When I graduated from high school I moved to Victoria, which is the largest city on the island, which is where I went to school and were Dave went to school and where we met. I was 17, that was like moving to the big city. When I graduated from school I moved to Vancouver, which is where Dave and I started the band. I lived there for about ten years, basically my twenties. Even when I moved to Vancouver for the first time I was very intimidated by it. When it came time to pick a new place to live, Toronto is much further away, of course, but it’s just like the next natural step. It’s like exploring the moon and then, once you conquered that, deciding to go to Mars. It’s next. It’s a very logical, I mean you have two options. You have Toronto or Montreal. I don’t speak French. We had spent a lot of time in Toronto and really liked it there. We had a lot of friends that lived there. Our manager lived there. It’s still very intimidating moving across the country, but I felt I’m ready, Vancouver was the city for my twenties and Toronto will be the city for my thirties or something like that.
STEREOGUM: The narrative around you is that you were a struggling band and it was tough for you to get traction outside of your hometown, and you were about to give up and then “Young Hearts Spark Fires” catches on online and you’re able to go on tour, and your debut Post-Nothing did pretty well for you. Do you feel that it was a gradual progression with Celebration Rock? “The House That Heaven Built” was a pretty big song, at least in internet music circles.
PROWSE: I think there was a pretty clear jump that happened with Celebration Rock where we actually started touring before the record came out. We did a run in the UK. That felt sort of like us picking up where we left off, more or less. Then when we came to North America right after that and started touring… where all of a sudden everybody knew all the words to those songs overnight and the rooms were packed out and getting bigger and bigger very quickly. I think there was a pretty clear jump with Celebration Rock. Whereas with Post-Nothing it felt like… not a slow climb, we got that initial spark, which was an incredible thing that happened but then we just kept touring and playing bigger rooms every time we came back and then kind of hit this top level and that was the end of the tour cycle and it started there with Celebration Rock, but then it just jumped up again very quickly. At the end of 2010, we did a tour opening for the Walkmen on Post-Nothing and then we were playing all those rooms for Celebration Rock. Those rooms seemed gigantic when we opened for the Walkmen. All of a sudden we were playing those rooms and selling out. It was a pretty, pretty big jump for us for sure.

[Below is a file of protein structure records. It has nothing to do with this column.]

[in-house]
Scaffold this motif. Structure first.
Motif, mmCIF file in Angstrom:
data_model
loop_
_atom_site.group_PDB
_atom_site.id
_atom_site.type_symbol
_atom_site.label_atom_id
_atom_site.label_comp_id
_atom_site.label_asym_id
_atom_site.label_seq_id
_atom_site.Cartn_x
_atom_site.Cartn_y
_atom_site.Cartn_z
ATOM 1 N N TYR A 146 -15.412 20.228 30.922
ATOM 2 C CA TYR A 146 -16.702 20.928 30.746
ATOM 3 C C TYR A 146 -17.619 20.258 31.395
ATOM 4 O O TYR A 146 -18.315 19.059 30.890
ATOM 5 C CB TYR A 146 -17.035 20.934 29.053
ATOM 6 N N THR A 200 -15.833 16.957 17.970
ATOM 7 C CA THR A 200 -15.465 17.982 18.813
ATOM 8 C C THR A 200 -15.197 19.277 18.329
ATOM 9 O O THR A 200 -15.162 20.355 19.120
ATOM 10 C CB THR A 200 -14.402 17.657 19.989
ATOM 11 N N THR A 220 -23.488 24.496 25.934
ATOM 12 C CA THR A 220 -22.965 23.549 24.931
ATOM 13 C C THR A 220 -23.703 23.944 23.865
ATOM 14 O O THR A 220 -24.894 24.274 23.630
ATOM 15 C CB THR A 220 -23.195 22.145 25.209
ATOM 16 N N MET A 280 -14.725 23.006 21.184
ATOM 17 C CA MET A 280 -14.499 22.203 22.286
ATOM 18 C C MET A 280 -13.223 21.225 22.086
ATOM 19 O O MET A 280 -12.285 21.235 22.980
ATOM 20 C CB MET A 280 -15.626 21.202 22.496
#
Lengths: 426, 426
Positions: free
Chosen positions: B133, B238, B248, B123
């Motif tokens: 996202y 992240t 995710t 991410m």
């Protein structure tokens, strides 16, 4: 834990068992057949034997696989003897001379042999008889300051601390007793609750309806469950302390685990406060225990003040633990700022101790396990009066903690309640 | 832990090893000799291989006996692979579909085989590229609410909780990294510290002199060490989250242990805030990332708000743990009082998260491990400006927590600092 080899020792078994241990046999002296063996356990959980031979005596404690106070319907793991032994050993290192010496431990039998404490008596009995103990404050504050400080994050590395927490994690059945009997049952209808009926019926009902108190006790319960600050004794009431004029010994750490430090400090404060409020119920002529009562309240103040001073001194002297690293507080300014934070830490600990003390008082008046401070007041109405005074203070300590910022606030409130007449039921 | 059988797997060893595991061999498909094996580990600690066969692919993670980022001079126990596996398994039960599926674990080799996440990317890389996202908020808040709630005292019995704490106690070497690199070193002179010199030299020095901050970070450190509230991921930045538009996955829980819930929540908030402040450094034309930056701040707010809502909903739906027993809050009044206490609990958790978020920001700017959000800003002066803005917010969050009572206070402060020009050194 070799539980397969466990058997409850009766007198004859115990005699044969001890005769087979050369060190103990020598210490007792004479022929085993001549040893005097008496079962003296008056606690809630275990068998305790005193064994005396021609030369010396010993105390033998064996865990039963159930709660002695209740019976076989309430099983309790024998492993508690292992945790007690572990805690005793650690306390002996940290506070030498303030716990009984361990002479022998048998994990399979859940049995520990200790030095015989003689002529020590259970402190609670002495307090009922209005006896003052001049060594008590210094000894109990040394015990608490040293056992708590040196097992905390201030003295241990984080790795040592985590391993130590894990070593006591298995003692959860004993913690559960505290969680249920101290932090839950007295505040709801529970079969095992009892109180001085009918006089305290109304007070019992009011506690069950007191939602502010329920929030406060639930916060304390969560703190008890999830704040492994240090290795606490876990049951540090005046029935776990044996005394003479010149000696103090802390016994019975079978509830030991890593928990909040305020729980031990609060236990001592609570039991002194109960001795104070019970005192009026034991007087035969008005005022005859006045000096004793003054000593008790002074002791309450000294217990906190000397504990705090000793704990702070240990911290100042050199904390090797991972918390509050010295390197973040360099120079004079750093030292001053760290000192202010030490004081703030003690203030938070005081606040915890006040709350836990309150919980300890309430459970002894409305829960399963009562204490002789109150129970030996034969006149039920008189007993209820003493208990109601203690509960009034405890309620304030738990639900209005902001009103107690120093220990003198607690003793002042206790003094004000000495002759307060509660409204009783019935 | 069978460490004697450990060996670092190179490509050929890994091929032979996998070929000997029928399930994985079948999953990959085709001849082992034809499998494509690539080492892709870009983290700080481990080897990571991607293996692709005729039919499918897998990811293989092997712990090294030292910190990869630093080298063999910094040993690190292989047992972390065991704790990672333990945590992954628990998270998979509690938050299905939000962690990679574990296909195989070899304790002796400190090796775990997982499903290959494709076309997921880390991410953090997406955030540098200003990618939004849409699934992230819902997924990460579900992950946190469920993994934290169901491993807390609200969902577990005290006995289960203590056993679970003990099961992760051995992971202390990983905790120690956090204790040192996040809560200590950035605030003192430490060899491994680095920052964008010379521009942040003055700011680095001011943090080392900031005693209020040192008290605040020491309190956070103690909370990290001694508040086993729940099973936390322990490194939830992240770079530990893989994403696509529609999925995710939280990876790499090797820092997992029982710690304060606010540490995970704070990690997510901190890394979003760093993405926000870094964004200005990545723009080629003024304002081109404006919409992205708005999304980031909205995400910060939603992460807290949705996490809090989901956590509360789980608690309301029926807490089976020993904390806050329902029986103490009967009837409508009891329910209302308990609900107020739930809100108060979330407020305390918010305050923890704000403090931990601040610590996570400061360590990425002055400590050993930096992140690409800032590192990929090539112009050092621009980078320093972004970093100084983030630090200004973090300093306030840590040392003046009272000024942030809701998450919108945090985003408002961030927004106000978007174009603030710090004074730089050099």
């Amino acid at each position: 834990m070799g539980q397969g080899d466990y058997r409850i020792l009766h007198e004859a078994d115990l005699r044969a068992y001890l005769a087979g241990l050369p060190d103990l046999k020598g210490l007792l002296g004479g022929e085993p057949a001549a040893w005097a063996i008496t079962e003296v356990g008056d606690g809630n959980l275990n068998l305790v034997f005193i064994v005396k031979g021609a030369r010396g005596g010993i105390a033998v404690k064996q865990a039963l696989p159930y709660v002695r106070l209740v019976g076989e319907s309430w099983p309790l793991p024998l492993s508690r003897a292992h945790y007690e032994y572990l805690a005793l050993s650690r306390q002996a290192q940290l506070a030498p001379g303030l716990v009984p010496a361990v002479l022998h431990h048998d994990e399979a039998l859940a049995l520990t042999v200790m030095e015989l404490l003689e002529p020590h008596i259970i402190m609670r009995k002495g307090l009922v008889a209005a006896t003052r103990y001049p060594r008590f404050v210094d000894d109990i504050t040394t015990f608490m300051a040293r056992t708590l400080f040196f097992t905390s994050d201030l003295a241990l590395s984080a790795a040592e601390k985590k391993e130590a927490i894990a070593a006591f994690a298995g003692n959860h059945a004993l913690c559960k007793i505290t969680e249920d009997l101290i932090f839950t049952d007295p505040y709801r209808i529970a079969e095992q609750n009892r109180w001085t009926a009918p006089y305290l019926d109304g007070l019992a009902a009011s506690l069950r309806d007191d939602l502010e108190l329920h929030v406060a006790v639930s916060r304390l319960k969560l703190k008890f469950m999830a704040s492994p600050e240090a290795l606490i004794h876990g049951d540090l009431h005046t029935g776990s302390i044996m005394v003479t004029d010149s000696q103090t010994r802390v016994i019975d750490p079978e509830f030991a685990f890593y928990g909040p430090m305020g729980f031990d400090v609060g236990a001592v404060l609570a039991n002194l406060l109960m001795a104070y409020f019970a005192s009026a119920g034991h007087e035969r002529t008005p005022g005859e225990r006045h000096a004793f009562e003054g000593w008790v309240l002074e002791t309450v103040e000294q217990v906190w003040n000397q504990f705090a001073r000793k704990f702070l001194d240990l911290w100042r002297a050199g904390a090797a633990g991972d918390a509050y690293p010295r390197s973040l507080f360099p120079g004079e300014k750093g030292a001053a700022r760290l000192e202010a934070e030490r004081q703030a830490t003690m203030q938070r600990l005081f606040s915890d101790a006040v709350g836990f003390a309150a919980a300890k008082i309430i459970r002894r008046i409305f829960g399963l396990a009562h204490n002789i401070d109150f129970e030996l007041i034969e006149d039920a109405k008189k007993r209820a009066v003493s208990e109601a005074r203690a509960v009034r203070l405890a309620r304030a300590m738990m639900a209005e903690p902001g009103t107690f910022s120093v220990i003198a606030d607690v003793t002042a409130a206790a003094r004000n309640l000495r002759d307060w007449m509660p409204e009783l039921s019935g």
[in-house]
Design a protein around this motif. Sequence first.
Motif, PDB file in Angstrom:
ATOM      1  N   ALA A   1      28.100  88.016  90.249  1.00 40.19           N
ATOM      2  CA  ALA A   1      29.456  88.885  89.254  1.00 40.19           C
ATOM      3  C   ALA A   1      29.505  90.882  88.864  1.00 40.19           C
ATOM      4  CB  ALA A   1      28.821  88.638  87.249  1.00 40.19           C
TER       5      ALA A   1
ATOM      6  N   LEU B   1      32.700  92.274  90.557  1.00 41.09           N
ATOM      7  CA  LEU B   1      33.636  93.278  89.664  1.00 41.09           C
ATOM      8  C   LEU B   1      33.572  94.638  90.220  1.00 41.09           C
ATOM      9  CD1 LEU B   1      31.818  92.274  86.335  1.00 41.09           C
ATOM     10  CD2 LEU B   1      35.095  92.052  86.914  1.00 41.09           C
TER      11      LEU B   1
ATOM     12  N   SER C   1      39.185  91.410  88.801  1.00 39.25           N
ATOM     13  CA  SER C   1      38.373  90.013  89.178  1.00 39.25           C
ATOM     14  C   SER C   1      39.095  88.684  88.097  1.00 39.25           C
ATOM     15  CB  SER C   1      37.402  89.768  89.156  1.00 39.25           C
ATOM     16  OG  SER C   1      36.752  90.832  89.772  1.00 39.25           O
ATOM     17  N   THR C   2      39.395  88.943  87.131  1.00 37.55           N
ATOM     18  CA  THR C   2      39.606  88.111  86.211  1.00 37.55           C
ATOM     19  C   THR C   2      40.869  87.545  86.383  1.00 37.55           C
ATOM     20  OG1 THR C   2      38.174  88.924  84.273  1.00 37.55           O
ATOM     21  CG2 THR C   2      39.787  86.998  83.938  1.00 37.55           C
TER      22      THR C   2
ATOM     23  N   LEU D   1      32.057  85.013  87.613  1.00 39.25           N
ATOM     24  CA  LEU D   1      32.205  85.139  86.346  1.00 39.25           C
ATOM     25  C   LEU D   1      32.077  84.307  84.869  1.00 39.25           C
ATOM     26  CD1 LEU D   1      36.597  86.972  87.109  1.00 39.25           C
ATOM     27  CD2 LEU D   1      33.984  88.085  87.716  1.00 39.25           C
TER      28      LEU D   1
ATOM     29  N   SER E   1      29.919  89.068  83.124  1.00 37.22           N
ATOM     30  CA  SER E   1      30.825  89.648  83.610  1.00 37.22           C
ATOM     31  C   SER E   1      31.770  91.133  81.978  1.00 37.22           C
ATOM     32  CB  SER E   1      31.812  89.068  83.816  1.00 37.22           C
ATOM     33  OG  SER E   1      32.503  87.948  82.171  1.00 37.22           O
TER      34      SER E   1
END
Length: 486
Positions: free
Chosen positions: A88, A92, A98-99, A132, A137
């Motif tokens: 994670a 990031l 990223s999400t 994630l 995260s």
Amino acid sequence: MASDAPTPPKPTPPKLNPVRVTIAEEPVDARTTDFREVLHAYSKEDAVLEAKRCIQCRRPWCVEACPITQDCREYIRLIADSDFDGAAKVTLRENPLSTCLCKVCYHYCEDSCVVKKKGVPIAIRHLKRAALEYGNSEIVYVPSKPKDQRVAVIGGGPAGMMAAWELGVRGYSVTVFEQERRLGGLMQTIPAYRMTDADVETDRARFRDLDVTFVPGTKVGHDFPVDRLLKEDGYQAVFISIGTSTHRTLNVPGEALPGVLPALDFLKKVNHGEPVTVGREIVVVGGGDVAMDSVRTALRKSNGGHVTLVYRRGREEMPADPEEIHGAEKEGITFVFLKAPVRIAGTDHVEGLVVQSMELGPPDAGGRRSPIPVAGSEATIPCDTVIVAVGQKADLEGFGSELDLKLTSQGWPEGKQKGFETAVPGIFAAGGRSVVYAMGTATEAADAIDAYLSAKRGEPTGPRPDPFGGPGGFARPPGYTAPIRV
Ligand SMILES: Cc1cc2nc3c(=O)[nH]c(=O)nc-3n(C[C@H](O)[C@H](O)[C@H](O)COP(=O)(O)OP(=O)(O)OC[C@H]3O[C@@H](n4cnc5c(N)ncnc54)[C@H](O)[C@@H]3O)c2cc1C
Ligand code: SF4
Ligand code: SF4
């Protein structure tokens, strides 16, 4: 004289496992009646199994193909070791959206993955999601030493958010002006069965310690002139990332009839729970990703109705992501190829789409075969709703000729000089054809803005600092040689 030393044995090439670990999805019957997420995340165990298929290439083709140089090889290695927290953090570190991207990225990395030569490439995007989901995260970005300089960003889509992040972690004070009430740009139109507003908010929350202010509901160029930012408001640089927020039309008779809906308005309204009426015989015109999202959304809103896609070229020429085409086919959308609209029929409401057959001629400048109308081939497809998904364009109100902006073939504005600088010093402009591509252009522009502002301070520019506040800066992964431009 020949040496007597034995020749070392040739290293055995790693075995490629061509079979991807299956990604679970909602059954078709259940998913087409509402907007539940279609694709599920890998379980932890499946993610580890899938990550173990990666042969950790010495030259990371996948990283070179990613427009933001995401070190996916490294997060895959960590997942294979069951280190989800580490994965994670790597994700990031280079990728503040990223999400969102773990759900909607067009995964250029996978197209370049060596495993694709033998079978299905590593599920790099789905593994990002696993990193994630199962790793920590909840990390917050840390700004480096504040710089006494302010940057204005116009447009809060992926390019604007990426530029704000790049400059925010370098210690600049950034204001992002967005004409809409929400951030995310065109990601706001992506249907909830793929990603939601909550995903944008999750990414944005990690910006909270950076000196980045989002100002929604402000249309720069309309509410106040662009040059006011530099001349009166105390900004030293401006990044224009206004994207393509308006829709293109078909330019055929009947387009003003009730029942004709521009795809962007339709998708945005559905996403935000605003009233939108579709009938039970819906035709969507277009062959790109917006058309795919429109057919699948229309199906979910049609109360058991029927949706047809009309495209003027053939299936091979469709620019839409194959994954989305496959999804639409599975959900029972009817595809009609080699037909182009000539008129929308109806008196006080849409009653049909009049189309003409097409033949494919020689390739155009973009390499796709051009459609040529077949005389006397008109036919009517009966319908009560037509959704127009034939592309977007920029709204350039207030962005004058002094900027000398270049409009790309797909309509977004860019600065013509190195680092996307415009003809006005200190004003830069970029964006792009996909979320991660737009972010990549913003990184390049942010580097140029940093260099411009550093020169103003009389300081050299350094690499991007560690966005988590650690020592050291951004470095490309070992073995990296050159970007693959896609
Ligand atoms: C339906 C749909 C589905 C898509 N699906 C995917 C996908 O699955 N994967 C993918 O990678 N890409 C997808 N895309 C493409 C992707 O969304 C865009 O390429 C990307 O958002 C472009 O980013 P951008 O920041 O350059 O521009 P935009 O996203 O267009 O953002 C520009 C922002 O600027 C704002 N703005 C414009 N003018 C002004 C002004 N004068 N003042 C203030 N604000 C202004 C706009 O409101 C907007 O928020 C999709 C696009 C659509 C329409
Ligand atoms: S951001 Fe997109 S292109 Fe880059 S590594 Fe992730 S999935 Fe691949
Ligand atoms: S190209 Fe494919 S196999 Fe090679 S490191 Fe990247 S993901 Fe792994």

STEREOGUM: Dave, you had a job as a social worker, I believe, when you weren’t on tour. Brian, did you have a day job at all during the downtime?
KING: I didn’t have a job. I quit my job to go on tour for Post-Nothing and I haven’t had a real job since.
STEREOGUM: And you were a geologist?
KING: More or less.
STEREOGUM: David, how about you? Did you do anything when the tour was over?
PROWSE: Yeah, I did for a while. I’m done now. This time it just made less sense, so I was just doing it less and less. After a while, I should just hang up my spurs, you know? But when we first came back from Celebration Rock tour I was working quite a bit in that time. When we were off I went back and started working again.
STEREOGUM: As a social worker?
PROWSE: Yeah, as a housing support worker, is the official position. It’s like outreach. But it’s in a social work field. A social worker usually has a degree or diploma or something. I was just somebody who was willing to get paid 20 bucks an hour to work in that field without really much prior qualifications. It’s quite a booming business in Vancouver.
STEREOGUM: So now the band gets together for a period of time to write songs in the same city. How does that focused energy affect the way that songs go? You get together, at least one of you has to fly out and you don’t have time to watch TV or shoot the shit. Time is money. You have to write songs.
KING: Yeah, you’re definitely aware that if you’re getting together for two or three weeks that this is your chance to work on stuff together and you have to make the most of it. So I think that we were always very conscious of the fact that there was a purpose behind us getting together. And of course it costs money. Someone is getting on a plane or you both have to get on a plane or you have to rent a place to play. Sometimes you have to buy gear. It’s not as easy as meeting up. I think that we took that time pretty seriously. Especially as time went on, I think we were trying to squeeze more and more writing into each time we got together. Then, of course, in between those times, especially as the year went on we were trying to accumulate more and more things, so that when you did get together it’s better to have too much stuff to work on than not enough stuff to work on.
STEREOGUM: The band has been together for quite a while, and working together very closely.
KING: Ten years.